“Does not everyone have a right to happiness according to his whims?” asked the French Encyclopedia in its entry on the subject. It was a telling question. Americans, too, spoke of a right to the pursuit of happiness in their founding Declaration of Independence. And in a number of their state constitutions, such as those of Virginia and Vermont, they even spoke of a right to obtain it. Human beings did not have to suffer from birth until death. All men and women should have cause to expect happiness in this life.

After so many years accepting suffering as the norm, why did people think they could make it an exception, putting happiness in its place? A number of factors contributed to this shift. Famine and epidemic disease were in decline, which meant that people could worry less about surviving, and more about living well. Improving living standards combined with a sense of greater control over the environment: homes were better heated, fields were better tilled, and streets were better lit. That allowed people to imagine continuing to exert control over their circumstances, bending the world and all its uncertainties and privations to their will.

Finally, new religious and philosophical views associated with the Enlightenments in Europe and America downplayed sin and damnation, while praising the human capacity for enjoyment. We were built to be happy in this life, it seemed, not just the next—and God wanted it so.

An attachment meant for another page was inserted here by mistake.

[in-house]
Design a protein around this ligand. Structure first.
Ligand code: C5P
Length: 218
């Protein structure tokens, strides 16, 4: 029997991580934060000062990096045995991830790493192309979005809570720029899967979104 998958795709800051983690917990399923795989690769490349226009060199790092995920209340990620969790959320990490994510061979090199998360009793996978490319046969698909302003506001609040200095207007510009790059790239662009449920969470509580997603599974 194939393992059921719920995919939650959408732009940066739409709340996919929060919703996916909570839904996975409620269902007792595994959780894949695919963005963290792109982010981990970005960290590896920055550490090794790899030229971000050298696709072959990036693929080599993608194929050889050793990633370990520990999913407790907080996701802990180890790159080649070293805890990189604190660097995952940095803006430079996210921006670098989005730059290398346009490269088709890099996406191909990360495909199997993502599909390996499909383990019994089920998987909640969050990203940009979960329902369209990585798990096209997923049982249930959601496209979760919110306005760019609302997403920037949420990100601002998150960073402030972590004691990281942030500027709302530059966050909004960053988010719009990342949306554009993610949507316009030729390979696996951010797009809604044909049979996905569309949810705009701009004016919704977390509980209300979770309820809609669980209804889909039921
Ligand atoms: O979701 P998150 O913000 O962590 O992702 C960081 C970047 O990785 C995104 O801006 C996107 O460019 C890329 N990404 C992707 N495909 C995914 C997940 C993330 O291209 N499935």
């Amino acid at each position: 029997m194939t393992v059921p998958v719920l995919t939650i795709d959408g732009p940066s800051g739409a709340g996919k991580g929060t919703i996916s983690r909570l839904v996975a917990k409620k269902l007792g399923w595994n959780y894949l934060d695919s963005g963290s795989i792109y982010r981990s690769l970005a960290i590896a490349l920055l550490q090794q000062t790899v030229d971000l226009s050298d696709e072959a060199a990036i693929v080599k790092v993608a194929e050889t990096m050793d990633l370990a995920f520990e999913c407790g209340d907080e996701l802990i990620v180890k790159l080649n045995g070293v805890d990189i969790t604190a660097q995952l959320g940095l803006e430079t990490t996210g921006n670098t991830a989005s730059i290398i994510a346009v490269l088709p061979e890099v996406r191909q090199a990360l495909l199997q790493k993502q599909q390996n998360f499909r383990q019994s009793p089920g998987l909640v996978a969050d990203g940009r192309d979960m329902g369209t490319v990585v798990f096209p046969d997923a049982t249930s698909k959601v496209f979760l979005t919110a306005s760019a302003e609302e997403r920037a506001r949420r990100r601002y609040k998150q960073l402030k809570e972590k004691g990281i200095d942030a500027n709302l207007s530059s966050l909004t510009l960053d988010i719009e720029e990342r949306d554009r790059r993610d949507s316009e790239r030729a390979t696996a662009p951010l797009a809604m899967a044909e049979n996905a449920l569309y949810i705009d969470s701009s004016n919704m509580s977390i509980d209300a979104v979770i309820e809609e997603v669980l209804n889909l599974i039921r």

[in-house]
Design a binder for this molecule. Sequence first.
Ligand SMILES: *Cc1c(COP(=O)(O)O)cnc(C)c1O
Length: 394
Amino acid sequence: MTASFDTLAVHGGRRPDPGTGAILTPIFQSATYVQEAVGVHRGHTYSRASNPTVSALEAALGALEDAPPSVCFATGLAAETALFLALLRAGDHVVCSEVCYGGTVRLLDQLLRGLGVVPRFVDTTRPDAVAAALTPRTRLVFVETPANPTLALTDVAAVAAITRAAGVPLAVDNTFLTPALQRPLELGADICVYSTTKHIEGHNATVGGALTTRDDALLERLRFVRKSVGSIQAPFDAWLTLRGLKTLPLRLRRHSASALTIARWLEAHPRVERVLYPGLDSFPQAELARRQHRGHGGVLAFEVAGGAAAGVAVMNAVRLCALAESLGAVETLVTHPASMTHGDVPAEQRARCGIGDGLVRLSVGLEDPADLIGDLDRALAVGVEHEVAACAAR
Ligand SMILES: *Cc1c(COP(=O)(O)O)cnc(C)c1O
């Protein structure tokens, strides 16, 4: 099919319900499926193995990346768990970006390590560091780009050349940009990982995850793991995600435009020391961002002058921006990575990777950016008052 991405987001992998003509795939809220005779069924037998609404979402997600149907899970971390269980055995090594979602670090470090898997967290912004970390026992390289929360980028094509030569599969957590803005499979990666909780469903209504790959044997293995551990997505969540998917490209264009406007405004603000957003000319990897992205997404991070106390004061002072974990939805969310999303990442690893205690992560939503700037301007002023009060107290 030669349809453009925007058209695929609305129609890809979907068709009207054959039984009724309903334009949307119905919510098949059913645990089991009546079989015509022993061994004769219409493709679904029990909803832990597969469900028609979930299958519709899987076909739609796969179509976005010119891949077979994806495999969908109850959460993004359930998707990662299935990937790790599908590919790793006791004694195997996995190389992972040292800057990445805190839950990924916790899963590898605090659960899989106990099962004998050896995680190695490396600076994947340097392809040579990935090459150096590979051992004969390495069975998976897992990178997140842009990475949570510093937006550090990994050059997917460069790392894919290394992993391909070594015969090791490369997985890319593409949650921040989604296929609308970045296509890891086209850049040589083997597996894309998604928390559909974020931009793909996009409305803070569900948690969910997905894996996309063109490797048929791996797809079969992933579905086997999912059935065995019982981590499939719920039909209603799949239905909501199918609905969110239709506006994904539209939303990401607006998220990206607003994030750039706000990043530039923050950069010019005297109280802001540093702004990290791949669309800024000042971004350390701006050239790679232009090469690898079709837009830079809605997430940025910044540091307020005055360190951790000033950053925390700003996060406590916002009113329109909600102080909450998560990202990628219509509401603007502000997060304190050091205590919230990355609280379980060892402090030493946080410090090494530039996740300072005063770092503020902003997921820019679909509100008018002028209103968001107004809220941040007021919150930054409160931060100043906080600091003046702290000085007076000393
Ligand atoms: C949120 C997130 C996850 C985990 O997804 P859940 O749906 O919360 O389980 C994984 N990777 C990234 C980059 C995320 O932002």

Collectively, these developments served to undermine the longstanding view that suffering was inevitable, which meant that it was no longer necessary to be so suspicious of pleasure. Why was it a sin to enjoy our bodies and the fruits of this earth? And why should we not work to multiply our wealth, and with it our ability to procure more pleasant feelings? Pain was bad. Pleasure was good. We should work to minimize the one and to maximize the other.

This was the logic of the widespread utilitarianism of the age, which promoted the “greatest happiness of the greatest number.” It also promoted a new understanding of happiness itself as the sum of pleasurable sensations. Once thought of as the summon bonum, the highest good of a virtuous life, happiness was increasingly conceived in hedonic terms as subjective emotion—good feeling registered by a smile.

Of course, transformations on this scale don’t happen overnight—change was always slow and imperfect. Many an oppressed worker or captive slave must have scoffed at the vaunted right to pursue happiness. In the 18th century, moreover, contemporaries were still inclined to pay heed to older wisdom. “Happiness is the aim of life, but virtue is the source of happiness,” Thomas Jefferson maintained. Many others agreed. And yet the logic of the revolution in human expectations worked in a countervailing sense, encouraging the belief that happiness was not something we earned, but something we deserved.

Thinking of happiness in terms of pleasure also fostered the belief that it could be had for a price. As one 18th-century political economist put it, in modern commercial societies, people, “as it were, bought and sold happiness.” A new dress or a fine set of china might do the trick, or even better, a well-furnished house in which to take your coffee and tea! In a nascent capitalist economist like the United States, that was a powerful motivator. The pursuit of happiness, in effect, became the pursuit of prosperity and the pleasures it could afford—the pursuit of the American dream.